Athletic trainers carry kits that include the basics of wound care, tape for injury management as well as emergency supplies. Those emergency supplies can include an automated external defibrillator (AED), epi pens, inhalers, Narcan, backboards, neck braces, splints, glucose monitors and more depending on the sport or activity. And athletic trainers at professional football games include many different types of medical professionals and equipment than is required for the sidelines of, say, a tennis match or gymnastics meet. Basically, it all depends on the sport!

How exactly does an athletic trainer work with paramedics, physicians and other specialists?

As I shared before, an athletic trainer is usually the first responder in most injuries or illnesses. We evaluate the situation and make determinations for further care as needed. 

If an athletic trainer feels the issue needs emergency care, EMS can be called or brought onto the field.  We will then work with the medics to determine best plan of care and activate that plan. Athletic trainers work closely with orthopedic physicians on the management of orthopedic injuries. Should that athlete need further diagnostics, including an X-ray or MRI, the athletic trainers will work with the orthopedics on getting them the treatment and care that they need. 

And should an athlete need surgery, athletic trainers work with the surgeons on provide prehabiliation and post-surgical rehabilitation of that athlete, including providing the training needed to return that athlete to the field in a safe and successful manner.

Why should all high schools and colleges have full-time athletic trainers?

In all athletics, whether it be a collision sport, like football, or a precision sport, like gymnastics, injuries and emergencies happen. Athletic trainers are highly skilled and educated to manage the range of injuries, illnesses and emergency care needed. With the athletic trainers on the sidelines of games and practices, that care is immediate. We have the skills to recognize not only a full range of orthopedic injuries, but we are also trained to manage even the most critical of emergency situations and provide the best care possible to the athletes.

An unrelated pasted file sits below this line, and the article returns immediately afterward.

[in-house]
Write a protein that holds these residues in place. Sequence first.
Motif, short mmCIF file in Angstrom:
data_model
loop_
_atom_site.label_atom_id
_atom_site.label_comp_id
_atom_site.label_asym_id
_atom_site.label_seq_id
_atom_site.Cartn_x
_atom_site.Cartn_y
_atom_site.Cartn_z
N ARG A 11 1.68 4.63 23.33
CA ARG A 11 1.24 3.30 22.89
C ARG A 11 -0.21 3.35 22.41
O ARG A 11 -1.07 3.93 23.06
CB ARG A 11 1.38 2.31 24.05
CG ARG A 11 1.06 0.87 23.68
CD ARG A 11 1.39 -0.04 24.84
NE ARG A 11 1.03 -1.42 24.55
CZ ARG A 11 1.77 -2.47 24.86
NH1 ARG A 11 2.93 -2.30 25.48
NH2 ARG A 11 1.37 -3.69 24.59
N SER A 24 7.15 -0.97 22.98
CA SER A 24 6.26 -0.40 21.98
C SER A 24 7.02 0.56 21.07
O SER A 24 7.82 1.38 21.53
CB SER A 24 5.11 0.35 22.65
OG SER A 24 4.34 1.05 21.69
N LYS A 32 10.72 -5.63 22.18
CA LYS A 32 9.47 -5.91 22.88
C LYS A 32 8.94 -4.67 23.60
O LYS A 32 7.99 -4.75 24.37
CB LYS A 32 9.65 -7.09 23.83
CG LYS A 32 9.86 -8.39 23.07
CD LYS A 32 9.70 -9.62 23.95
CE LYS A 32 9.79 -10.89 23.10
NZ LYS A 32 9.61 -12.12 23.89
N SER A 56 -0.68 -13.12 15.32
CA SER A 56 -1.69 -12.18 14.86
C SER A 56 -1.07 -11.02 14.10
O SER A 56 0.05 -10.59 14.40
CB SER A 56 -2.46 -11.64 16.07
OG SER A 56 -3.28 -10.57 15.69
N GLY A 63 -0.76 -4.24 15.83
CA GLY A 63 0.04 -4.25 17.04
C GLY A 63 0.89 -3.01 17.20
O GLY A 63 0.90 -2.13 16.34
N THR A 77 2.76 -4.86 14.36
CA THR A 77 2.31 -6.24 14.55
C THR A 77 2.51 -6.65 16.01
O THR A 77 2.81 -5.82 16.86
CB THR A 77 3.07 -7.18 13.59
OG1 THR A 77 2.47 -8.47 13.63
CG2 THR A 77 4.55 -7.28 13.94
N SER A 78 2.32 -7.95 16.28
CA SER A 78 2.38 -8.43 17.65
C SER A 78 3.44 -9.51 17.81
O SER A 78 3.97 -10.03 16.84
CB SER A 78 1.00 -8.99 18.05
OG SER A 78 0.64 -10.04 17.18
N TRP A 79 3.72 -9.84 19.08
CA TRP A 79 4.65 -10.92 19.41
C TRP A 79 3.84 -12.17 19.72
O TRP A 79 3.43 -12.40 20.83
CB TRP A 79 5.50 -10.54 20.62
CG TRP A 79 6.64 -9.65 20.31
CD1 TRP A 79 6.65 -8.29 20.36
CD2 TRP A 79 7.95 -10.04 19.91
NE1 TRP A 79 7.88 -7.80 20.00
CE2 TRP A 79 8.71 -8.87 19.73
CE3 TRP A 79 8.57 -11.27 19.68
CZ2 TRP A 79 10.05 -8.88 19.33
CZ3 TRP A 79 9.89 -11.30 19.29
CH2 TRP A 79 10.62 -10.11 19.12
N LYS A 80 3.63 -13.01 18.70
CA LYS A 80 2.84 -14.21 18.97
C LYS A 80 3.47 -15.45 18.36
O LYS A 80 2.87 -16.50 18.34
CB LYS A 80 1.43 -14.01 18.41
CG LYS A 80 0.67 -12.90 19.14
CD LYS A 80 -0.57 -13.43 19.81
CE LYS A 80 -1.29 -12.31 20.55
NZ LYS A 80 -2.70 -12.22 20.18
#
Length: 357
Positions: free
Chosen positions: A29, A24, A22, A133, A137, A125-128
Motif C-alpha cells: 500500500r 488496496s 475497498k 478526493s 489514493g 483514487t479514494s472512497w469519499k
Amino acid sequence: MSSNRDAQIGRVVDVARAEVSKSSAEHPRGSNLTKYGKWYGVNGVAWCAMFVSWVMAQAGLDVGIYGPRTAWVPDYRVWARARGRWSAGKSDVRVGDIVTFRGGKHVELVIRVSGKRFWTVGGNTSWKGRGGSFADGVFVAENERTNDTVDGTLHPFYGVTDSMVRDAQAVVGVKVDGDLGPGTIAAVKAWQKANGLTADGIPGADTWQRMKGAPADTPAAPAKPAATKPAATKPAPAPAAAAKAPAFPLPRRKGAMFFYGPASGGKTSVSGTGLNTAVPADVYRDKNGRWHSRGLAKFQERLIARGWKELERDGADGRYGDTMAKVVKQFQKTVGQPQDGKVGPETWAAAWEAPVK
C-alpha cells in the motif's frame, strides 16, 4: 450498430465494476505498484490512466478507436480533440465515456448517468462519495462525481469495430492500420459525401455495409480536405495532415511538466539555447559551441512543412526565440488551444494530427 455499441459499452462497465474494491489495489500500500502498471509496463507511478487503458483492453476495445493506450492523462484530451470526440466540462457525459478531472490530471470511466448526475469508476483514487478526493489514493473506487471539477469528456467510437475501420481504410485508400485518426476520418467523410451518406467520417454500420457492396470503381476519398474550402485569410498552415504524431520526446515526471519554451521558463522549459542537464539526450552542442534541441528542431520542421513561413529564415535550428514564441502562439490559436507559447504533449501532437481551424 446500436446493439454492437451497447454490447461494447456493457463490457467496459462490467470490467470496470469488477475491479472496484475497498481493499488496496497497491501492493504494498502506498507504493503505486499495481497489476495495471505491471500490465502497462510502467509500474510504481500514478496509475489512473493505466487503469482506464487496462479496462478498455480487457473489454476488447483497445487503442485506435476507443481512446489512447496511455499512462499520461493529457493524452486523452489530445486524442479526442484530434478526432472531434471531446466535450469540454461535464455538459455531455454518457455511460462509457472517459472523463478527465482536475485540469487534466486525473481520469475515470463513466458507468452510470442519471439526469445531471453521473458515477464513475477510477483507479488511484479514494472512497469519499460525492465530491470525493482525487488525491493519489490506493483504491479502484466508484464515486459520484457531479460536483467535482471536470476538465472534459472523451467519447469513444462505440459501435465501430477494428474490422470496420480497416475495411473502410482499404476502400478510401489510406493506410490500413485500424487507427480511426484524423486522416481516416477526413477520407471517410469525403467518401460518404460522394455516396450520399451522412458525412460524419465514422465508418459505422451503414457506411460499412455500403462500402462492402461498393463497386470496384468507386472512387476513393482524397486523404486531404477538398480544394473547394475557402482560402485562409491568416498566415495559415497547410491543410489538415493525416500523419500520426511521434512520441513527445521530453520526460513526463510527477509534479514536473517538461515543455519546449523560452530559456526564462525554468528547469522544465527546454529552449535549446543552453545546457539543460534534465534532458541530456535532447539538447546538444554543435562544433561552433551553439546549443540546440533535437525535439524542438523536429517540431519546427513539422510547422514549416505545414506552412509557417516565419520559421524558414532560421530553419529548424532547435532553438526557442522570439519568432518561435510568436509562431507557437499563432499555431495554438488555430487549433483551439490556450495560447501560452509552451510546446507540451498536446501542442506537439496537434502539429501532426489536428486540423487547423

Athletic trainers also work hard to prevent injuries, making sure equipment is up to date, fields are safe, weather conditions are safe and athletes are working at their best. 

What should someone who wants to be an athletic trainer know before going into the profession?

Athletic training is a very rewarding but taxing profession. We are on site before athletes arrive and well after they leave. We are standing in the pouring rain or the exhausting heat of the afternoon. The hours are usually not nine to five, as we cover many events in the evenings and weekends. 

It is also a physically demanding profession because you are often standing for most of your days on sidelines, rehabbing athletes in the training room or running onto the field to manage an injury. But you are on the front lines of keeping athletes healthy or getting them back to full strength to help make that game-winning shot! Athletic trainers are integral members of teams and their performance.   

And finally, why did you decide to go into athletic training?

Like many athletic trainers, I was an athlete growing up and suffered a pretty significant injury in high school. My athletic trainer was integral in getting me back on the field. She did it with care, compassion and a great deal of knowledge of the human body and the mechanics needed to play my sport. I loved sports and being part of a team but I was not talented enough to play into college and beyond, so athletic training seemed like a good option. 

Learn more about the sports medicine and orthopedics services we offer at Mercy Health.